7 Things You Need To Look At When Buying A New Pair Of Running Shoes

The selection is enormous, so we've narrowed it down.


Wanita Nicol |

It was a pair of shoes that first got me into running. My philosophy had always been that I would only run if I was being chased. But, then, my only experience of running was in cheap tekkies that I also wore to gym and with jeans. For like, five years. At least.

Now this would get me running…

 

And then I slipped my freakishly-narrow little feet into a pair of actual running shoes, engineered for the sport. And for the first time in my life, I ran four kays! Just sommer. Without stopping. How? Because my knees didn’t hurt, my feet didn’t feel heavy and I had a spring in my step that made me want to keep going. It was in that moment that I discovered the profound difference that proper gear can make to a workout. For me, it was the OG that got me from not running at all to running 10-kays semi regularly and calling it fun. For you, it might be a different brand. But whatever the logo, here’s what you need to look out for.

So much choice…!

 

 

1/ The Heel

If you’re buying workout shoes (say, for a HIT class or weight lifting) you want a flat sole for maximum stability. Running shoes, though, may have a slightly built-up heel that will be described as a “heel drop”. In general, you want a broad heel with a drop of no more than 4cm for stability. If you struggle with pain in your achilles tendon after running, opt for a bigger heel drop for cushioning. If your ankles often roll, opt for a lower heel drop and look for a heel counter – a rigid, durable “cage” around the heel that adds stability. This could be made from plastic, rubber or fabric, but not all running shoes have it.

new running shoes
The asics GEL-NIMBUS 20 has a sturdy outsole and heel counter, pillowy cushioning inside, but it’s still super light.

2/ The Outsole

This is the part of the shoe that makes with the ground. It needs to be durable and grippy. You’re probably going to be running in all kinds of weather conditions on surfaces that will vary from a treadmill to tarmac to, potentially, grass and sandy patches. Look for grippy rubber and bumps or grooves. If your running ground is less varied, bumpy soles usually work better on grass or dirt, while wavy soles tend to be better for road surfaces.

3/ The Midsole

This is the most important part of a running shoe. It’s the spongy bit above the outsole and it’s what cushions your foot, absorbs shock and prevents excessive foot motion. It’s also where different brands get most innovative with tech – the signature adidas Boost™ foam, the and Puma’s are all midsole innovations. And depending on the midsole, a shoe could be more or less bouncy, cushioned or give you more energy return for every foot strike – that means the shoe propels you forward when your foot hits the ground. If you’re a sprinter, you’re looking for that propulsion in the forefoot area. Otherwise, the mid-foot is generally where you want it.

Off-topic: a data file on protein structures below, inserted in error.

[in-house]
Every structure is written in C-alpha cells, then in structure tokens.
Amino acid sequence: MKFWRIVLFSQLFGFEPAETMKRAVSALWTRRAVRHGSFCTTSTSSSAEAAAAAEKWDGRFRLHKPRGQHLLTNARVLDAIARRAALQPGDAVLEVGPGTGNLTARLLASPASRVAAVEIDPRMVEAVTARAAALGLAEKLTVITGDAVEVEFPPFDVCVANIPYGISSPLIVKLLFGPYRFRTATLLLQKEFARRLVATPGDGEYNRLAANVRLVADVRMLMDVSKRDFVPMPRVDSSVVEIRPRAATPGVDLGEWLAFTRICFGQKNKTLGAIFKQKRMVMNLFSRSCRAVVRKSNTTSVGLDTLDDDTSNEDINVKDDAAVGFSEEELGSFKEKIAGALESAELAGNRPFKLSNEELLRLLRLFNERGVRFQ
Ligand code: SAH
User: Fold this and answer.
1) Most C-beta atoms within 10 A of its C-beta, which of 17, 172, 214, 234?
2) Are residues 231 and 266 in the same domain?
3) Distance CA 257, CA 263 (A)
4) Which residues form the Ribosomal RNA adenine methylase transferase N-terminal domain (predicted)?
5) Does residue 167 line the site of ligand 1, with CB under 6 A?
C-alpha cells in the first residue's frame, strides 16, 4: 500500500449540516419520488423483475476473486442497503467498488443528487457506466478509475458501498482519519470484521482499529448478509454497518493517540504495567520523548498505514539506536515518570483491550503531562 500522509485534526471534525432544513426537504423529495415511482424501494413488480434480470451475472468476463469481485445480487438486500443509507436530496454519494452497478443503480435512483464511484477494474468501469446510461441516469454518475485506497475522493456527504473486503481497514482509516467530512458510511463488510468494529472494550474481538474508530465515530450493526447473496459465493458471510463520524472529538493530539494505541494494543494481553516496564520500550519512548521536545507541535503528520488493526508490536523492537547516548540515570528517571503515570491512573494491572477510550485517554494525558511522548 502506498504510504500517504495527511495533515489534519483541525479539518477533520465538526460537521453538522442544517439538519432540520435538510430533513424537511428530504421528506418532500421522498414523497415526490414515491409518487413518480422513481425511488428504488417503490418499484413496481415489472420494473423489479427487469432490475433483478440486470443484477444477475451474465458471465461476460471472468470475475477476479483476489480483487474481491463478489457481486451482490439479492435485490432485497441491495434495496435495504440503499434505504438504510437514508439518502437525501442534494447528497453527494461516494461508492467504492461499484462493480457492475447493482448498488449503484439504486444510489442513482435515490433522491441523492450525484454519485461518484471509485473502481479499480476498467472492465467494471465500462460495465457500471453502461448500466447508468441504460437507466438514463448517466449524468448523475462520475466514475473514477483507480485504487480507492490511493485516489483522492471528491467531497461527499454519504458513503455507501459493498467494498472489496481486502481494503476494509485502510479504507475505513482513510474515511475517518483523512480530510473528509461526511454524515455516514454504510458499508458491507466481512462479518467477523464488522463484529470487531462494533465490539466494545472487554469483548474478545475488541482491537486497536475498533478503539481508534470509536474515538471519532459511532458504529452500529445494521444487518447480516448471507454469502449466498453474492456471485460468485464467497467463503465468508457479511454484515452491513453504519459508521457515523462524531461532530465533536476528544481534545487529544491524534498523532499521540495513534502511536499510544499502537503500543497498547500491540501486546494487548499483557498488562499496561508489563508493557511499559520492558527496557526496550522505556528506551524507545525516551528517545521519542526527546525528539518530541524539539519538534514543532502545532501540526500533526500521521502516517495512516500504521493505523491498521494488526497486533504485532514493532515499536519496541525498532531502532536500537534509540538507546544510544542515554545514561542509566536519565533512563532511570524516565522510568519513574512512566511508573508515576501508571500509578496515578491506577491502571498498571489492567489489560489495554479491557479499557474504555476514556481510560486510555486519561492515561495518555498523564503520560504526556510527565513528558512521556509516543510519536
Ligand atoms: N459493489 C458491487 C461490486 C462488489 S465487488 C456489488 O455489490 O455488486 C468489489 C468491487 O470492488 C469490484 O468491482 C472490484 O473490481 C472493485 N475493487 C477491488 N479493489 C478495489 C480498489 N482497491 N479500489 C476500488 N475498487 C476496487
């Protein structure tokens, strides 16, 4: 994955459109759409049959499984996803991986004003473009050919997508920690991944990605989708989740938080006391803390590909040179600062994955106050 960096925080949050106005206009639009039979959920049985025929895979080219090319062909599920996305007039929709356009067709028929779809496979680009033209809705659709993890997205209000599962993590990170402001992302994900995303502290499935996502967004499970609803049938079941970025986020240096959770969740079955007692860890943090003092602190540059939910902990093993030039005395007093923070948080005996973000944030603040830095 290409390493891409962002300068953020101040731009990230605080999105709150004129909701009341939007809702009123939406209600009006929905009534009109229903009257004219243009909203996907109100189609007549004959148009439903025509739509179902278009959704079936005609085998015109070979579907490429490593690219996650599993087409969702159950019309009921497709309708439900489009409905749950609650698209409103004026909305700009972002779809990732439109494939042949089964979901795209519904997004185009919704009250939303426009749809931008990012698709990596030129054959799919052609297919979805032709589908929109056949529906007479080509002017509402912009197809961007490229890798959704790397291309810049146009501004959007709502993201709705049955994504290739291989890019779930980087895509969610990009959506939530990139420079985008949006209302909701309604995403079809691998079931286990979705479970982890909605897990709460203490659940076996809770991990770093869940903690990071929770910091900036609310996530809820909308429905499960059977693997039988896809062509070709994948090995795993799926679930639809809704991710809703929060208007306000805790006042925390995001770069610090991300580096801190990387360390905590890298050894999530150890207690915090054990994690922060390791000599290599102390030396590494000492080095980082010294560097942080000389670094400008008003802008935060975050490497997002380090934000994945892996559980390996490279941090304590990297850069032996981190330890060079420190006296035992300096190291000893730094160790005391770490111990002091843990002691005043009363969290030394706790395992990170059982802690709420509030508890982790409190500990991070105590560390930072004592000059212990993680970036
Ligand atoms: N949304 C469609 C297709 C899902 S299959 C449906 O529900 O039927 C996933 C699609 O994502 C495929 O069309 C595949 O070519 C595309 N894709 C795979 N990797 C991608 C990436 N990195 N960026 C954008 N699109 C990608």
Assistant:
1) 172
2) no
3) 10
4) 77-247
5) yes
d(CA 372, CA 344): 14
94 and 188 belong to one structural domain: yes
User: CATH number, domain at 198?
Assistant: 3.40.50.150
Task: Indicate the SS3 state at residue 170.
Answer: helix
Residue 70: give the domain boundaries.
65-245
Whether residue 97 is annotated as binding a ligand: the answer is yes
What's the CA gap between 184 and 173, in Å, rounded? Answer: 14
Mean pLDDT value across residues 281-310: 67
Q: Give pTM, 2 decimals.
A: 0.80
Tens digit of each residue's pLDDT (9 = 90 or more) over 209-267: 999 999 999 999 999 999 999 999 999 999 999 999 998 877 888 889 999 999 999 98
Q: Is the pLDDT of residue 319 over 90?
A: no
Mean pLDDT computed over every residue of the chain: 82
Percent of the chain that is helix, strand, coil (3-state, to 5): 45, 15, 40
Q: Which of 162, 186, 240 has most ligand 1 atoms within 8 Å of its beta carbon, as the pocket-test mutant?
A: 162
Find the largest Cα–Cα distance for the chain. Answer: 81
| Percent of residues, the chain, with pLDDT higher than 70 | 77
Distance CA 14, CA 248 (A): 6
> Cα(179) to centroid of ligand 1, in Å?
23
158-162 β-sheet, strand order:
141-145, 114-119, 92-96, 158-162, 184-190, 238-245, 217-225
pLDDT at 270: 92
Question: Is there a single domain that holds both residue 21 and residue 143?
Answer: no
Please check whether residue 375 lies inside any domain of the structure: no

buying new running shoes
The new adidasParley x ULTRABOOST is made using recycled ocean plastic and other recycled materials, but still has the cushioned, bouncy Boost foam midsole we love.

4/ The Upper

This is the part that goes over the top of your foot. Your feet swell when you run, so you usually want your running shoes to be at least half a size bigger than normal, but some people may even opt for a full size bigger. Also make sure there’s enough wiggle room for your foot to flex. While a rigid upper can increase stability, if your foot can’t flex naturally, you could end up cramping. Ventilation (often in the form of tiny holes or breathable fabric) will prevent your feet from getting too hot and sweaty. There should also be a padded tongue to cushion your foot against lace pressure.

buying new running shoes
The Nike Air Zoom Pegasus 35 has a wonderfully comfy, breathable upper and extra flexibility.

5/ Flexibility

Don’t be afraid to pick the shoe up and bend it. The less it flexes, the higher the workload on your foot, so if it’s pliable up and down, that’s a good thing. What you don’t want is for it to twist sideways. While we’re at it, a lighter shoe is also going to mean less work for your foot and an easier run for you.

6/ The Inside

The lining should be smooth and seamless. Look for any hard, rigid bits on the outside that might cut through to the inside and dig into your foot. Also important: Moisture-wicking, breathable fabric. Look for these words on the packaging. Finally, make sure the bottom is cushioned, not hard, to absorb pressure as your foot hits the ground.

Buying New Running Shoes
The Puma Netfit has unique customisable lacing so you can create a better fit for your foot type.

7/ Your Feet

Ultimately, there’s no one best running shoe out there – you need to find the one that’s best suited to your feet. If you have flat feet, there’s a good chance your feet roll inwards (over-pronate), causing knee and hip pain. Look for words like “stability” and “motion control” on the packaging. You may also need to get orthotic inserts, custom-designed for you by a podiatrist. In that case, make sure there’s enough space in your shoe to fit the insert. If you have high-arched feet, you may find your feet roll outwards. Look for flexible shoes with a soft midsole that absorbs shock – words like “flexible” and “cushioned” are your key. And be sure to get your feet measured when you get new running shoes – if you run regularly, your arches can drop over time, making your feet longer. Finally, if the store has a treadmill – and many do – don’t be shy to hop on and take the shoes for a spin.

One last tip: Make friends with the sales assistant. The running shoes you end up buying can have a major impact on your performance…

 

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